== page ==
There’s no shortage of things to see and do at Yellowstone Park. Between geocaches, benchmarks, passport stamps, Kodak moments and the occasional geodash point, there’s enough to keep us busy for weeks. That’s why we keep going back. This hike on the north rim of the Grand Canyon of the Yellowstone is one of the more strenuous undertakings in the park but it’s worth it.
The first white explorer to see the Grand Canyon of the Yellowstone was Charles Cook in 1869. The canyon runs for 20 miles southwest to northeast starting at the Lower Yellowstone Falls. Along the way, it averages 4,000 feet wide and 1,200 feet deep. The North Rim Road runs along its edge.
A National Park Service photo. On Uncle Tom’s Trail circa 1900. The original trail was built by “Uncle” Tom Richardson, a local rancher, in 1898. It bore little resemblance to today’s route. He led his clients down a series of ropes and ramshackle bridges all the way to the bottom of the canyon and the base of Lower Yellowstone Falls. Lunch was provided.
One of the canyon’s most distinctive features is the layers of multi-colored rock that line the walls. This entire chasm was once a geyser basin that was covered with glaciers. The constant battle between Ice Age cold and volcanic heat produced physical and chemical changes in the rock that aren’t seen anywhere else. When the glaciers retreated, catastrophic flooding and erosion occurred, creating the canyon. One of the dominant colors in the rock is yellow, hence the name Yellowstone.
A great shot taken from an overlook further along the south rim. See the yellow stone right up front? The canyon walls are lined with it.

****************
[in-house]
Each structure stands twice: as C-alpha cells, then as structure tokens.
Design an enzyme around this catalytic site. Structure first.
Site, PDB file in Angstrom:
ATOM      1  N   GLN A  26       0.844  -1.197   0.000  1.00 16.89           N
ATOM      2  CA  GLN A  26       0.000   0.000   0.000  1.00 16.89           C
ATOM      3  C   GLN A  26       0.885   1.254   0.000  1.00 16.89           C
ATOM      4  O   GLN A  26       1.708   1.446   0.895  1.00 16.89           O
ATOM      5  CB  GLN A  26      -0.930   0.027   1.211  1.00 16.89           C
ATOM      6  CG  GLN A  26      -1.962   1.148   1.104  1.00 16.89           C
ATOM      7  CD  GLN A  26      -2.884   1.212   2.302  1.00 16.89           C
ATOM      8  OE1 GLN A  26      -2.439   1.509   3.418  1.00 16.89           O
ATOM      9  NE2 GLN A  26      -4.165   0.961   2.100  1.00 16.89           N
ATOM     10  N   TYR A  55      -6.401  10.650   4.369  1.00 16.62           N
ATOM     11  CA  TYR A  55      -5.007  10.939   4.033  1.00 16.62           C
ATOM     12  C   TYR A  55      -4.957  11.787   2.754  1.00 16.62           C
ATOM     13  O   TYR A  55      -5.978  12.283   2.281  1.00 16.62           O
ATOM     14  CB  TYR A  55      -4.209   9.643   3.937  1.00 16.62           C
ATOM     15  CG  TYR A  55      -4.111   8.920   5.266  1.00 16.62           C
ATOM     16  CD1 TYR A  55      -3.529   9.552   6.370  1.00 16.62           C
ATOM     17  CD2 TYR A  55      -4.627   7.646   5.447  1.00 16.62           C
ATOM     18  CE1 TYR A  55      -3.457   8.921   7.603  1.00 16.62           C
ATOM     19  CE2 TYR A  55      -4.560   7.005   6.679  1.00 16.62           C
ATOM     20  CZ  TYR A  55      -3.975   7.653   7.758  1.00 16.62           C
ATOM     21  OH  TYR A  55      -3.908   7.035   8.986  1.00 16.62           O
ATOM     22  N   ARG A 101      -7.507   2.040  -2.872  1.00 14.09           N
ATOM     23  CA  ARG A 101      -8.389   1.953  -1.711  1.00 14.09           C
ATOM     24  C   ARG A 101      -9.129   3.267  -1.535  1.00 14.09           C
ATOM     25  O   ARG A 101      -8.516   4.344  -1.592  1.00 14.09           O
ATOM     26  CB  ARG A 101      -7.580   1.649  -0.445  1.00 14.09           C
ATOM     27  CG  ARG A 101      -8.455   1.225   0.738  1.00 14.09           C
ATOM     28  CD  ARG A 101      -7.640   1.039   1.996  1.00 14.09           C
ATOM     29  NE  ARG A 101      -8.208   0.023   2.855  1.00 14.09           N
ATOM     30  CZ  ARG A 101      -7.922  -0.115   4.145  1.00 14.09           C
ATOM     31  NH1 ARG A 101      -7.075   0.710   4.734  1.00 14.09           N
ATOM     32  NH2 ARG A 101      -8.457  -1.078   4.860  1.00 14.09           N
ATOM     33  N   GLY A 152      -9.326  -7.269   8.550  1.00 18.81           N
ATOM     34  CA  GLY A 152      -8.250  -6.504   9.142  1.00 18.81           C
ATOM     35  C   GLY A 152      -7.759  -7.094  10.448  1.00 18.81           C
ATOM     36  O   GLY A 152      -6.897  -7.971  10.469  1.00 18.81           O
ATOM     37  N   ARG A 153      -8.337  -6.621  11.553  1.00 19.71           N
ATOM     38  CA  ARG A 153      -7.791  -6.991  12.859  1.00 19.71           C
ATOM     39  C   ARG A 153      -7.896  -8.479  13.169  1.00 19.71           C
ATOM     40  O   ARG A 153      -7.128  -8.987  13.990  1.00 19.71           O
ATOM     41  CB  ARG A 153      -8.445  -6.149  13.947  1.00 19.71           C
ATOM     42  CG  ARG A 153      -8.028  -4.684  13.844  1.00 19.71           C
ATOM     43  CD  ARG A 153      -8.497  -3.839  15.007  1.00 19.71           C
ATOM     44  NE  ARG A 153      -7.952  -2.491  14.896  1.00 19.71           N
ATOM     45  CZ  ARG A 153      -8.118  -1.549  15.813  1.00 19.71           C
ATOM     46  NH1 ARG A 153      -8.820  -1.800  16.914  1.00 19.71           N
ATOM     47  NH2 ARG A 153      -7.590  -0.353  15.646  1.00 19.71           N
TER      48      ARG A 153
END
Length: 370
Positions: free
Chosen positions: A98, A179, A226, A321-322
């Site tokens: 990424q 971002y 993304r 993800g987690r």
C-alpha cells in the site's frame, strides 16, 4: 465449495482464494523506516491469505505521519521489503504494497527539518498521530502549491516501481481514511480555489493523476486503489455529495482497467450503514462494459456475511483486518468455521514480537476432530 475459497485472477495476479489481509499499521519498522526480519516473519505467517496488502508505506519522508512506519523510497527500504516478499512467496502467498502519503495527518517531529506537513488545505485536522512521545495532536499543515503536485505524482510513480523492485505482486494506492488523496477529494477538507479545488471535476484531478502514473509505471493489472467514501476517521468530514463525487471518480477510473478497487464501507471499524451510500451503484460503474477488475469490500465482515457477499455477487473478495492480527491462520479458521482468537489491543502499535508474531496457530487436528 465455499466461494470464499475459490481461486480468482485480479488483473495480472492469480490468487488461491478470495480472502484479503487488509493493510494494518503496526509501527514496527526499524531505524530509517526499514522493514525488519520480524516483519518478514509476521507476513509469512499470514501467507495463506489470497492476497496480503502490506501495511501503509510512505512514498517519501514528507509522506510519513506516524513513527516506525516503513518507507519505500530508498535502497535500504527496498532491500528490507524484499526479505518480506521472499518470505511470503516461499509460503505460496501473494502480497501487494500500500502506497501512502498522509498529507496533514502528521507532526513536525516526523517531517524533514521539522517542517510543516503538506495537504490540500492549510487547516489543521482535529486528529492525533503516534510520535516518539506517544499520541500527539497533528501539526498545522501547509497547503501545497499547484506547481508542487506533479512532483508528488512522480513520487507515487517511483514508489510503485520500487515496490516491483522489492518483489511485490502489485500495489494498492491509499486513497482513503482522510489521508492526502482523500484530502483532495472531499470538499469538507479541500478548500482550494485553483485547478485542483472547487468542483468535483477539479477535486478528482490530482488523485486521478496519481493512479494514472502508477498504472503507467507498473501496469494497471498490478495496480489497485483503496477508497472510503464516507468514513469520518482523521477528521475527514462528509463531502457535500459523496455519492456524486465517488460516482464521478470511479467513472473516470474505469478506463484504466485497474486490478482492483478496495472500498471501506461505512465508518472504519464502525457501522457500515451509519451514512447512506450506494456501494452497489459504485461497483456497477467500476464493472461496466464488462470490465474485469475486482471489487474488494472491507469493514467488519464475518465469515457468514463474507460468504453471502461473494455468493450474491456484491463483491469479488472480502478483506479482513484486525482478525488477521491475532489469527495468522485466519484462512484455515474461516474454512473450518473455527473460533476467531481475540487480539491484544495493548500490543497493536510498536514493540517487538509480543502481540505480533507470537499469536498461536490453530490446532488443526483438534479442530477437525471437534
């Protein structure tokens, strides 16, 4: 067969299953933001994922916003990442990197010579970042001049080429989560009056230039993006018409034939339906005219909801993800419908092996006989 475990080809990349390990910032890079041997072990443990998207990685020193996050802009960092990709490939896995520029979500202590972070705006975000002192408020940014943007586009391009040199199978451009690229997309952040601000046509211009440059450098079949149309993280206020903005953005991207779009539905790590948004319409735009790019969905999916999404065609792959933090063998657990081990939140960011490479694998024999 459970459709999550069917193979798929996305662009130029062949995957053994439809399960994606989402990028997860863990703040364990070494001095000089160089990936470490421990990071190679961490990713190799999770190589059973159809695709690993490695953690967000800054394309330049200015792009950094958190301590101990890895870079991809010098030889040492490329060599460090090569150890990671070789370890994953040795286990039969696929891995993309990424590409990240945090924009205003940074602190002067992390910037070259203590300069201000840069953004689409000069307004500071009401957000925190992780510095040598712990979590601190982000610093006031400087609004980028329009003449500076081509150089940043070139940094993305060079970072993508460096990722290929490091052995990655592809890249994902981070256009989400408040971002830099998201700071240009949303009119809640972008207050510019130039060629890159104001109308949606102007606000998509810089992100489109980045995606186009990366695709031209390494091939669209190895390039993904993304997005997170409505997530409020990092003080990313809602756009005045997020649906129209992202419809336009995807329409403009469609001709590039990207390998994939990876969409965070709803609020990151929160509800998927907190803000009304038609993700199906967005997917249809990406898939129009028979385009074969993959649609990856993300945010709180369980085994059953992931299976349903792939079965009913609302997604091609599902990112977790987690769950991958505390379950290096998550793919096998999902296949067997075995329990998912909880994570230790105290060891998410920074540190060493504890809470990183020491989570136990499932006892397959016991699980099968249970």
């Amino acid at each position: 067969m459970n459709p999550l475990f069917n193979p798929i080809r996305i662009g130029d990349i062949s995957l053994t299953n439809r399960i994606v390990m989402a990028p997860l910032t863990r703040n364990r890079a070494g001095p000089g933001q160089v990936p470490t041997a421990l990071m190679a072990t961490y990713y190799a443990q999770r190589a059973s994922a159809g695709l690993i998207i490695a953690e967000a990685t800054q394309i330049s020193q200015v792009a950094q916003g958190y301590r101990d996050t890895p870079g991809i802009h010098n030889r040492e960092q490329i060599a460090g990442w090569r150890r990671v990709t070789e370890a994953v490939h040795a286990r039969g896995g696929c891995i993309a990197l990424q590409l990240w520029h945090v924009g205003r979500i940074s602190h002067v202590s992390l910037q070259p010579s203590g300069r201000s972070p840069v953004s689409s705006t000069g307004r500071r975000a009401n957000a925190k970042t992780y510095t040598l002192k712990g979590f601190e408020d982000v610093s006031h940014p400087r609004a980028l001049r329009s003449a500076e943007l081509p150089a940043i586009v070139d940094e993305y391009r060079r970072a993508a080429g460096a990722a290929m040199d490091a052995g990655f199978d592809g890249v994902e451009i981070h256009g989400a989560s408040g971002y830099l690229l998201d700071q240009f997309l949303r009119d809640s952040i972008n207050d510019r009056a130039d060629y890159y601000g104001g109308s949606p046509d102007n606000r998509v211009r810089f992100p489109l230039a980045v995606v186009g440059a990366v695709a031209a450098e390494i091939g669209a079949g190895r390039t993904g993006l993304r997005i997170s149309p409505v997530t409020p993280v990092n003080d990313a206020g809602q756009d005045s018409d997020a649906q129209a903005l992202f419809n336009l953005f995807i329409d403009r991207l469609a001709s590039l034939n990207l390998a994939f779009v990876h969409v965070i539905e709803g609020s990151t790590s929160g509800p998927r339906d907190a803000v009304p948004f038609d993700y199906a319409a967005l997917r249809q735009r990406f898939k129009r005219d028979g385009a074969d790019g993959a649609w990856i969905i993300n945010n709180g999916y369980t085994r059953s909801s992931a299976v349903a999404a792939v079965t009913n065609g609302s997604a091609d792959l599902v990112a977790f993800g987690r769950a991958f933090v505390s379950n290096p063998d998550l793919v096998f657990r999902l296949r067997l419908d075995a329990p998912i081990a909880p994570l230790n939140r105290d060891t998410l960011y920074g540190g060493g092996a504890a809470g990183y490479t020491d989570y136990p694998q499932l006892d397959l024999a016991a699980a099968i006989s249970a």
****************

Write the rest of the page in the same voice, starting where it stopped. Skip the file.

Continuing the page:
The original route is long gone, replaced by a series of paved switchbacks cut into the slope. When the switchbacks run out, there are 328 metal grate steps bolted into the rock face of the canyon wall. They take you straight down to an overlook at the base of the falls. The modern route doesn’t go as far down as the original, but it’s close.
KidsRN at the trailhead. She’s not looking too excited about this.
The hike is about 1/2 mile one way. The elevation at the top is 8,000 feet and in that 1/2 mile, you’ll go down to 7,500 feet. Almost half of that 500 foot vertical drop is in the 328 metal steps mentioned earlier. If you have heart, lung or joint problems or if you have issues with heights and ledges, this probably isn’t the hike for you. If you go, wear decent shoes – no heels, bare feet or flip flops – and make sure you’ve got plenty of water. It will probably take two hours round trip but about halfway up, it seems like forever. The overlooks on top of the canyon rim are crowded but there’s not a lot of people on this trek. It’s a bit off the beaten path and a lot who start turn around. You’ll see fewer and fewer people as you approach the bottom.
Here they are. There’s plenty of room for three people to pass and lots of landings with benches. The grated steel is not made for high heels, flip flops or bare feet. If you go in the morning, watch for ice, even in the summer. The trail is closed in the winter and may close periodically anytime for storms, rain and ice.
There are four virtual geocaches in close proximity to the parking area, several benchmarks and numerous overlooks. You can park and walk to several at a time but will have to drive between jump off points as there are finds on both sides of the canyon. It makes for a good day’s outing. Cell phone coverage here is lousy, so plan on using a GPS instead of a smart phone app. You can try pre-loading the caches into the phone and utilizing its internal GPS but we haven’t had much luck with that. Smart phone GPS is never as good as a dedicated device.
Us at the bottom. There’s no virtual geocache here. We thought there was but our GPS led us astray. Actually, it’s our own fault. The cache we were looking for, called “Spectacular Yellowstone Falls”, stated very clearly in the description that you do not have to go to the bottom of Uncle Tom’s Trail except we didn’t read it. But we would have done the hike anyway. Now comes the fun part – going back up.
This link will open a Google map of the immediate area.
This link will open the “Spectacular Yellowstone Falls” page on geocaching (dot) com.
Have fun with this one. We did. (:-D) The Cachemanian Devils